Bloodborne Pathogen Control in Texas Schools FAQs
Texas public school districts are required to implement bloodborne pathogen exposure control plans. Read frequent questions and answers related to bloodborne pathogen control in Texas schools.
Who can conduct bloodborne pathogen training to employees?
As a general rule, registered nurses are viewed to be qualified to conduct training. However, if the registered nurse is not knowledgeable and not comfortable in this role, he or she should request assistance.
Other persons who may provide training include safety/health instructors who have received special training or who have job experience conducting OSHA bloodborne pathogen training.
The presenter must explain the local school districts policy and procedures and allow employees the opportunity to have their questions answered.
Who has to be offered the Hepatitis B vaccine?
Any employee who is determined to be "at risk" of being exposed to "blood or other material potentially containing bloodborne pathogens in connection with exposure to sharps,” should be offered the vaccine.
“At-risk” status is determined by reviewing job descriptions and categorizing employees. The district risk manager should be involved in working with school administrators to determine who is “at risk” and ensuring the safety of students and staff.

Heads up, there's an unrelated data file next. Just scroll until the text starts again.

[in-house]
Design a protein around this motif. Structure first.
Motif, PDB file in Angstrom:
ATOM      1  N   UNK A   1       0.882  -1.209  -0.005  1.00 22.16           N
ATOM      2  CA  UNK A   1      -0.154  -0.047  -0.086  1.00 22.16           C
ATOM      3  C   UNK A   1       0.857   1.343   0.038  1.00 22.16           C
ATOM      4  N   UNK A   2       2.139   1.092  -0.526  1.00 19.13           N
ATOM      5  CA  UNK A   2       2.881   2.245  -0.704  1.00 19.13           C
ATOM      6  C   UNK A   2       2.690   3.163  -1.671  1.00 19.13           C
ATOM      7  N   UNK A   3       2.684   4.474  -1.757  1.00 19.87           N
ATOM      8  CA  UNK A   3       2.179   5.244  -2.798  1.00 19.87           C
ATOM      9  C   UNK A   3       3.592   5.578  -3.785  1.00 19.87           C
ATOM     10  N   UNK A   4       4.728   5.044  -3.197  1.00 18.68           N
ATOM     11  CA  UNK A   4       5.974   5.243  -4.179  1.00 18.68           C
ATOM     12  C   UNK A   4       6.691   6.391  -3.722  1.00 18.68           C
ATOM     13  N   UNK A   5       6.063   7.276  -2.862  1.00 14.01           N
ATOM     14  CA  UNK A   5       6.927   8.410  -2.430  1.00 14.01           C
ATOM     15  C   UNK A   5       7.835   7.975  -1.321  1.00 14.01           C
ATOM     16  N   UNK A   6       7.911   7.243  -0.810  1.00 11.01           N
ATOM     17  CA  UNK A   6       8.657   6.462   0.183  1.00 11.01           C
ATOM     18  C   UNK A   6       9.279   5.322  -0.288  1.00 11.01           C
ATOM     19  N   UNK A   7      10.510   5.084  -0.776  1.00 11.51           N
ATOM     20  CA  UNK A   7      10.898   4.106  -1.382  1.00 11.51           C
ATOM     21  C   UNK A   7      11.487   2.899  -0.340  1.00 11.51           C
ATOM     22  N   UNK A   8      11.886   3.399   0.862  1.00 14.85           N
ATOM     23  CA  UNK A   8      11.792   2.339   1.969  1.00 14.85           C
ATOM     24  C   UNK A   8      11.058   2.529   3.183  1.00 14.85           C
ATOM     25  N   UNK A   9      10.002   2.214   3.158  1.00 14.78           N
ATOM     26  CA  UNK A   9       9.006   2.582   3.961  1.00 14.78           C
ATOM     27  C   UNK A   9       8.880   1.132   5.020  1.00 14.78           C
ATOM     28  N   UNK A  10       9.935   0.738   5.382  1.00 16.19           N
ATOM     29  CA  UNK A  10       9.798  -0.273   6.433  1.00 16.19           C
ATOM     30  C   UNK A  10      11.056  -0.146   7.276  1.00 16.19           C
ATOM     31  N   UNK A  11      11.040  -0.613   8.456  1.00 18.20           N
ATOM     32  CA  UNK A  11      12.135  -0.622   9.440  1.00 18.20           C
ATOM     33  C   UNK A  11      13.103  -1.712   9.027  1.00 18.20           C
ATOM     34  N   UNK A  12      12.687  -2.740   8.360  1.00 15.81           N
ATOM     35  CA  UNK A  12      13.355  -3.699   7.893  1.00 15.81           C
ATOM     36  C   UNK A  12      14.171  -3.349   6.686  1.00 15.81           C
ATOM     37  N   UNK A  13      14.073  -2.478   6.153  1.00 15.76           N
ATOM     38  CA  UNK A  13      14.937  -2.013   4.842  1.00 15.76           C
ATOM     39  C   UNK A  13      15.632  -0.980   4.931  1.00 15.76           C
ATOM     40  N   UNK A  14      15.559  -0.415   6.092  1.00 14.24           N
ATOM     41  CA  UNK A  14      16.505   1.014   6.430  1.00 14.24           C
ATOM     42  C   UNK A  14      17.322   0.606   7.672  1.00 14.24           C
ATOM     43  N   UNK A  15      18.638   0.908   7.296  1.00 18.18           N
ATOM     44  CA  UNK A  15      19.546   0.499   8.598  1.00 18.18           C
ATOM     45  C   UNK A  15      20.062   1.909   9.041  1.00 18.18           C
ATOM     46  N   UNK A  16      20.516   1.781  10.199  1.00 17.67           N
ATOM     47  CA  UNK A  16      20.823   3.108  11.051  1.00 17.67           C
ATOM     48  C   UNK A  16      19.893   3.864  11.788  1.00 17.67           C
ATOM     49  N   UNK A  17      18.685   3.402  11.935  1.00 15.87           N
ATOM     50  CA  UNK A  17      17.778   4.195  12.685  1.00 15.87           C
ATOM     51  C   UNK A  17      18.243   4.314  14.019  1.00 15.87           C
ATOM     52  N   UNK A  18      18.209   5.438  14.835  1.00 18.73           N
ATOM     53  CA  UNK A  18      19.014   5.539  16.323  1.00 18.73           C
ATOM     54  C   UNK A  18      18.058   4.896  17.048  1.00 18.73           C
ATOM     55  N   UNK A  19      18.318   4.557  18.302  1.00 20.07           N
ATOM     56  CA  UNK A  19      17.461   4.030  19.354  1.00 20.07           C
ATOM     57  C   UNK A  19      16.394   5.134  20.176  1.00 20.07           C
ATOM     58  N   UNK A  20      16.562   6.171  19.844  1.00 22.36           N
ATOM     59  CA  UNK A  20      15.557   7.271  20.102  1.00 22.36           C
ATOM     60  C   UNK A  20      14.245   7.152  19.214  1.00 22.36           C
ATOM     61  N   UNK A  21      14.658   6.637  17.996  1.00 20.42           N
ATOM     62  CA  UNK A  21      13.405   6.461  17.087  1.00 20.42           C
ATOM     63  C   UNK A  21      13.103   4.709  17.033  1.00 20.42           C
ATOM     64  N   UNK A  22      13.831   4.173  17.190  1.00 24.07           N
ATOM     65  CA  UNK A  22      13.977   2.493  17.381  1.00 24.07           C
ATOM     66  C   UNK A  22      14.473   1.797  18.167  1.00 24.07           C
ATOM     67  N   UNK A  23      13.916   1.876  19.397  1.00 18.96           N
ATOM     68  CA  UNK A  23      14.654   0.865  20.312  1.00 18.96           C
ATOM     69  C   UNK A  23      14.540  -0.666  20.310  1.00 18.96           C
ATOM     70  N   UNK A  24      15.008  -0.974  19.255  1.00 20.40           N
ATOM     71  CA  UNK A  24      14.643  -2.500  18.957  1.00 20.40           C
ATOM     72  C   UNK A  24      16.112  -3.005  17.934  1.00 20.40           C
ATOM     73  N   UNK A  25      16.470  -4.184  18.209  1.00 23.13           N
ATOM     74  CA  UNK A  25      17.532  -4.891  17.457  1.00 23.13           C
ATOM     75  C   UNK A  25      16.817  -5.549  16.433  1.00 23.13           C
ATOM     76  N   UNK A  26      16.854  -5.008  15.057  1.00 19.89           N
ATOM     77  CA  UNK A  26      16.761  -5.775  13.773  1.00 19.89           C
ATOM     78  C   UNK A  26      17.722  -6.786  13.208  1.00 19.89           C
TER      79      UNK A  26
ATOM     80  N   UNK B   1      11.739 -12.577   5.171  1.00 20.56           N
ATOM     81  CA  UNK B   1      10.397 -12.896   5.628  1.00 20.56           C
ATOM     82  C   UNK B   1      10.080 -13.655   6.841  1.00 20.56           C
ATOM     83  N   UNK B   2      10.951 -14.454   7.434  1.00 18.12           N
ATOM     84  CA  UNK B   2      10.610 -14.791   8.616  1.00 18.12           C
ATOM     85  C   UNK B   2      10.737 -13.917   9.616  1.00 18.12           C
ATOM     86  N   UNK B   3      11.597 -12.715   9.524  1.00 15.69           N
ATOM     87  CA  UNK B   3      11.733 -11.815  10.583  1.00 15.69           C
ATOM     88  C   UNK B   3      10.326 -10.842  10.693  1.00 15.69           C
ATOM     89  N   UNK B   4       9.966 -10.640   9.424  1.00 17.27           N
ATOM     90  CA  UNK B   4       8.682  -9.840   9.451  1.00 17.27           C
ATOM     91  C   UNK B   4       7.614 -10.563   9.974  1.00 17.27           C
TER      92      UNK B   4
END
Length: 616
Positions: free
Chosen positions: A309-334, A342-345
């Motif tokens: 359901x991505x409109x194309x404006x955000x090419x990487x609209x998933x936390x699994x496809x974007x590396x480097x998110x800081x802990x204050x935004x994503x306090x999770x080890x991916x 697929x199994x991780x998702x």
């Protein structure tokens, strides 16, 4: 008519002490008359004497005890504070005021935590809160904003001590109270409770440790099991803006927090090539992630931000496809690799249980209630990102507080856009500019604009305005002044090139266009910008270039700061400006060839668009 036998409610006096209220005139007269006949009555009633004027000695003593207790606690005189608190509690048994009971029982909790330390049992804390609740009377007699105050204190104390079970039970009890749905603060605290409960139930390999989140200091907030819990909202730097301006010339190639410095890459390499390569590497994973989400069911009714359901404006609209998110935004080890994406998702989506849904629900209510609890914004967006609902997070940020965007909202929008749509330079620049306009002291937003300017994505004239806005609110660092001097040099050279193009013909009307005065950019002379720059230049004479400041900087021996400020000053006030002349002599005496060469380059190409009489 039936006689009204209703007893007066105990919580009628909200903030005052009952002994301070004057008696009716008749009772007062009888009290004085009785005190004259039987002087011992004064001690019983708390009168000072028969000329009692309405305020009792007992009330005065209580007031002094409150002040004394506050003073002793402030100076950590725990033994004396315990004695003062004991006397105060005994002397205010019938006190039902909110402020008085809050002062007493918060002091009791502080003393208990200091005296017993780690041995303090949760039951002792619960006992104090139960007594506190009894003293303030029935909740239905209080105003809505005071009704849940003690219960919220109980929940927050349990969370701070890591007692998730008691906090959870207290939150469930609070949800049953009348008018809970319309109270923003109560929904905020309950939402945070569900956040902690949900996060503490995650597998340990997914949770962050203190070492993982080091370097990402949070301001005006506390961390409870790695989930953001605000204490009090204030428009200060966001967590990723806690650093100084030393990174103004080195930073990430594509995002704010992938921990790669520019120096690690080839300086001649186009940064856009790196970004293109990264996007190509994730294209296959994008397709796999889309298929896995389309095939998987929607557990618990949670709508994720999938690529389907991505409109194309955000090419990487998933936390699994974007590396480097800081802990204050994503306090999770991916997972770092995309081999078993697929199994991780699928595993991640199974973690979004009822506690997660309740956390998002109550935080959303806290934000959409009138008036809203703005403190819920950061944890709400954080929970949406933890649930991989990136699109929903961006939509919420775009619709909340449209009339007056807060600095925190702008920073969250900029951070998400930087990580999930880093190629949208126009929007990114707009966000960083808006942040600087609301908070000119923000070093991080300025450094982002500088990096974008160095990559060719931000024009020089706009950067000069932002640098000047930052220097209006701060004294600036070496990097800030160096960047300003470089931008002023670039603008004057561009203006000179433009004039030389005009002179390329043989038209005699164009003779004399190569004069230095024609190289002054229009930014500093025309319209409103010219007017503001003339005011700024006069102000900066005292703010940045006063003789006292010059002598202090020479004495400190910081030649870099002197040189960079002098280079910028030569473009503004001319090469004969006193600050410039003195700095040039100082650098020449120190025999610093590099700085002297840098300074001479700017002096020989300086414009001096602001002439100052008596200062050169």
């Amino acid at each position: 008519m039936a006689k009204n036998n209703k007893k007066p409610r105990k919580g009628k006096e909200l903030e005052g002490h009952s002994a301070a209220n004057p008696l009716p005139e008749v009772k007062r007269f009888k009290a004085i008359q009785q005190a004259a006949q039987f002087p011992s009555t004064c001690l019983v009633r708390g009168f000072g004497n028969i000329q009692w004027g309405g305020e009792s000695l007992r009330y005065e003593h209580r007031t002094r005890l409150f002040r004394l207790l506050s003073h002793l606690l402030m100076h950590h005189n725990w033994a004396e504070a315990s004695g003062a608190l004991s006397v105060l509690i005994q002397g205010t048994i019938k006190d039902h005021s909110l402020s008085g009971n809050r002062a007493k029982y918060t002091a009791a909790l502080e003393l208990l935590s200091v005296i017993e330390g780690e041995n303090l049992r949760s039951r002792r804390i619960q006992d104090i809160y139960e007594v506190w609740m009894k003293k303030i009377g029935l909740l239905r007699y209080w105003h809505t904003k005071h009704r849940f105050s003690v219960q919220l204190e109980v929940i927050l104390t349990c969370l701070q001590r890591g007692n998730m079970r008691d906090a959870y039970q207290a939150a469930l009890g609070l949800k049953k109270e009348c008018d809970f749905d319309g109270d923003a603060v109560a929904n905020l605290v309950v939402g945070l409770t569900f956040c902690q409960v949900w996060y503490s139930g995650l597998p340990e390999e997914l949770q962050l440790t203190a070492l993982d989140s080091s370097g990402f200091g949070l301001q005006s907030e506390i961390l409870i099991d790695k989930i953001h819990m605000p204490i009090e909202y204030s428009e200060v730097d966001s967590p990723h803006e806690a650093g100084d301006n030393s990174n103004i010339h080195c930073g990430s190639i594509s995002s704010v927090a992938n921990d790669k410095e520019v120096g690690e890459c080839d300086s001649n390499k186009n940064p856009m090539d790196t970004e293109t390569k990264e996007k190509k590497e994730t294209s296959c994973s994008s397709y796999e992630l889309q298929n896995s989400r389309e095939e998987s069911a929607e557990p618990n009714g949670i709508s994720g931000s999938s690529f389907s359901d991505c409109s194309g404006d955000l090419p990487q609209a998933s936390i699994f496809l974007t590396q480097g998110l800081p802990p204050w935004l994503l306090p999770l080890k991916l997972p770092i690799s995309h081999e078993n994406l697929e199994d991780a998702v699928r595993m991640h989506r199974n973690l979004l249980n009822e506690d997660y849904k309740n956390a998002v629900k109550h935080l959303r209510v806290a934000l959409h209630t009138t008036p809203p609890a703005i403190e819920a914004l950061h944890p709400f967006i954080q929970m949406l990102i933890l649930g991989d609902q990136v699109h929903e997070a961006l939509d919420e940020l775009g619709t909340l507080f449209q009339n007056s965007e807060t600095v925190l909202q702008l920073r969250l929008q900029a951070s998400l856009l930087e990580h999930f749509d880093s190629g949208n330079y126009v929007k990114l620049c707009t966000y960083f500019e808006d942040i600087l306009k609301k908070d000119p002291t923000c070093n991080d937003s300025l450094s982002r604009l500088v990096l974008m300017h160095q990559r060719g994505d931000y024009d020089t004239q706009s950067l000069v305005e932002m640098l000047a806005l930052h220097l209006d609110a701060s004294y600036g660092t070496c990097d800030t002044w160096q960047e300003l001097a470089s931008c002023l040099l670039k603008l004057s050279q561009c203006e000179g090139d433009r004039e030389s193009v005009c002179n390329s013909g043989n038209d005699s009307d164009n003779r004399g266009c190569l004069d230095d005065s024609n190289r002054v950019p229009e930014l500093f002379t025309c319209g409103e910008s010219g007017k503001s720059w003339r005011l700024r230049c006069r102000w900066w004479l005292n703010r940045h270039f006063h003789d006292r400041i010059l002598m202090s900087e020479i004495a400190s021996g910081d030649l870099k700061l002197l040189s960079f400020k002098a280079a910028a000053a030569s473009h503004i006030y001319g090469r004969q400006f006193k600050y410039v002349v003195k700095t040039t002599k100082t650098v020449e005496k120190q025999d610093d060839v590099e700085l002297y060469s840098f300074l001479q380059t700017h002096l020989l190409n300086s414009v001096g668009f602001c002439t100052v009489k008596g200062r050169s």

Some districts are offering the vaccines to all employees. However, they are only assuming the financial cost for those employees with the highest risk as determined by job description and risk determination.
What happens if a school does not conduct the training?
The rules do not specify enforcement methods or allow for the assessment of penalties. Department of State Health Services staff will be making random site visits to various governmental units. The focus of these visits will be to provide education and support. It would be important to speak with the school district attorney.
How often should the training be done?
Training should be conducted as outlined in the exposure control plan. For new employees, the training should be comprehensive to include all aspects of exposure control, personal protective equipment and information about the district policy and procedures. Refresher courses should be offered once a year for all returning employees with a review of the district policy and procedures.